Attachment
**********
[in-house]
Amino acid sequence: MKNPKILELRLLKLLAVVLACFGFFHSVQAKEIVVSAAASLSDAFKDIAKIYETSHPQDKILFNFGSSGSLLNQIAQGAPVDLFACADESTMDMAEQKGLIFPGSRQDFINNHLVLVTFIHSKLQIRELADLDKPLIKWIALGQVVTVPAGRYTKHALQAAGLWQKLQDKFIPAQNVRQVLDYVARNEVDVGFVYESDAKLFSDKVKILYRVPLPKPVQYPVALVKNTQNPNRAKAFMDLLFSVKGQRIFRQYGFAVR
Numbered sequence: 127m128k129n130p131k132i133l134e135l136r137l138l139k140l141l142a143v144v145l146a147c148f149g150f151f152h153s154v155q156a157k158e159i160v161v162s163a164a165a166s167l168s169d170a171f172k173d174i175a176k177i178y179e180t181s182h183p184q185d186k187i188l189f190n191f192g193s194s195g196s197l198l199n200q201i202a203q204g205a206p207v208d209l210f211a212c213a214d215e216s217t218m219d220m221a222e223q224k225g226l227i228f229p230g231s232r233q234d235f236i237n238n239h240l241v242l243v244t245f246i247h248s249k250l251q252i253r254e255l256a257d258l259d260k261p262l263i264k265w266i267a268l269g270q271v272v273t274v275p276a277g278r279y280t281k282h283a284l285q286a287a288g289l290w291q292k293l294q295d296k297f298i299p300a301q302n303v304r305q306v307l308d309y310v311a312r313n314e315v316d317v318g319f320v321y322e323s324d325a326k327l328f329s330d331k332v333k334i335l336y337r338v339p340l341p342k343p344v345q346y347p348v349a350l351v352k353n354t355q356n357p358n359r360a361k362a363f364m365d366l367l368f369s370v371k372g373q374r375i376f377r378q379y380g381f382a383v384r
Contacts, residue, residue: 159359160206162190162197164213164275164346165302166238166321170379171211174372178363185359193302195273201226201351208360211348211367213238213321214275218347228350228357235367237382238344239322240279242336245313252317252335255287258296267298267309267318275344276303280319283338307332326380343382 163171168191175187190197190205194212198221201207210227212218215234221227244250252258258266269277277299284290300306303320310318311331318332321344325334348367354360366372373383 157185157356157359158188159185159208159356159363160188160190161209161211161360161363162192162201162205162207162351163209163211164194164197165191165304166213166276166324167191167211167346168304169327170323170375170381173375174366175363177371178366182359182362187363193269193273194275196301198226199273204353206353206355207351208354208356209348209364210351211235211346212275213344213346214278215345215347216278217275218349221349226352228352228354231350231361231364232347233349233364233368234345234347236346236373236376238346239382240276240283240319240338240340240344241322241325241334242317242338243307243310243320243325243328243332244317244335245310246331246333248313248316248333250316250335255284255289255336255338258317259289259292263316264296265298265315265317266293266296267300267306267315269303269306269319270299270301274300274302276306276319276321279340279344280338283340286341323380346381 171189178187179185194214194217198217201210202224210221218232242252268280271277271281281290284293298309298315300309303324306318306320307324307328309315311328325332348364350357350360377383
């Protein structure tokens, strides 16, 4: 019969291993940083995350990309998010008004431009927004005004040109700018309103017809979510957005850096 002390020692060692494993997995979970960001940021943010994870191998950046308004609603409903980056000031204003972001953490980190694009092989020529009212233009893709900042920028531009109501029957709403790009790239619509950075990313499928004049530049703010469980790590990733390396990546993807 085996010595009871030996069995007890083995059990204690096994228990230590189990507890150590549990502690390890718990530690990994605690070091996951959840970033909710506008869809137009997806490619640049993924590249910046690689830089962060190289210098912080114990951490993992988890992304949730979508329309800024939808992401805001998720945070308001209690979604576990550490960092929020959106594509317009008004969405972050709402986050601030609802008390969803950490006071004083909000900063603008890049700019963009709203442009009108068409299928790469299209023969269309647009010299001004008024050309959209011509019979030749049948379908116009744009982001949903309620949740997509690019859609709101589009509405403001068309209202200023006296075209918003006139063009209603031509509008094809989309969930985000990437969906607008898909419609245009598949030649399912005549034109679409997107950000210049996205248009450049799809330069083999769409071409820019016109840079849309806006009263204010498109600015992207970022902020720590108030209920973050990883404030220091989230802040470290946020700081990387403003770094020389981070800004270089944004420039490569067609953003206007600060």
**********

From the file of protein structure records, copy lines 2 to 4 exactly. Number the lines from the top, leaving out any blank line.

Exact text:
Amino acid sequence: MKNPKILELRLLKLLAVVLACFGFFHSVQAKEIVVSAAASLSDAFKDIAKIYETSHPQDKILFNFGSSGSLLNQIAQGAPVDLFACADESTMDMAEQKGLIFPGSRQDFINNHLVLVTFIHSKLQIRELADLDKPLIKWIALGQVVTVPAGRYTKHALQAAGLWQKLQDKFIPAQNVRQVLDYVARNEVDVGFVYESDAKLFSDKVKILYRVPLPKPVQYPVALVKNTQNPNRAKAFMDLLFSVKGQRIFRQYGFAVR
Numbered sequence: 127m128k129n130p131k132i133l134e135l136r137l138l139k140l141l142a143v144v145l146a147c148f149g150f151f152h153s154v155q156a157k158e159i160v161v162s163a164a165a166s167l168s169d170a171f172k173d174i175a176k177i178y179e180t181s182h183p184q185d186k187i188l189f190n191f192g193s194s195g196s197l198l199n200q201i202a203q204g205a206p207v208d209l210f211a212c213a214d215e216s217t218m219d220m221a222e223q224k225g226l227i228f229p230g231s232r233q234d235f236i237n238n239h240l241v242l243v244t245f246i247h248s249k250l251q252i253r254e255l256a257d258l259d260k261p262l263i264k265w266i267a268l269g270q271v272v273t274v275p276a277g278r279y280t281k282h283a284l285q286a287a288g289l290w291q292k293l294q295d296k297f298i299p300a301q302n303v304r305q306v307l308d309y310v311a312r313n314e315v316d317v318g319f320v321y322e323s324d325a326k327l328f329s330d331k332v333k334i335l336y337r338v339p340l341p342k343p344v345q346y347p348v349a350l351v352k353n354t355q356n357p358n359r360a361k362a363f364m365d366l367l368f369s370v371k372g373q374r375i376f377r378q379y380g381f382a383v384r
Contacts, residue, residue: 159359160206162190162197164213164275164346165302166238166321170379171211174372178363185359193302195273201226201351208360211348211367213238213321214275218347228350228357235367237382238344239322240279242336245313252317252335255287258296267298267309267318275344276303280319283338307332326380343382 163171168191175187190197190205194212198221201207210227212218215234221227244250252258258266269277277299284290300306303320310318311331318332321344325334348367354360366372373383 157185157356157359158188159185159208159356159363160188160190161209161211161360161363162192162201162205162207162351163209163211164194164197165191165304166213166276166324167191167211167346168304169327170323170375170381173375174366175363177371178366182359182362187363193269193273194275196301198226199273204353206353206355207351208354208356209348209364210351211235211346212275213344213346214278215345215347216278217275218349221349226352228352228354231350231361231364232347233349233364233368234345234347236346236373236376238346239382240276240283240319240338240340240344241322241325241334242317242338243307243310243320243325243328243332244317244335245310246331246333248313248316248333250316250335255284255289255336255338258317259289259292263316264296265298265315265317266293266296267300267306267315269303269306269319270299270301274300274302276306276319276321279340279344280338283340286341323380346381 171189178187179185194214194217198217201210202224210221218232242252268280271277271281281290284293298309298315300309303324306318306320307324307328309315311328325332348364350357350360377383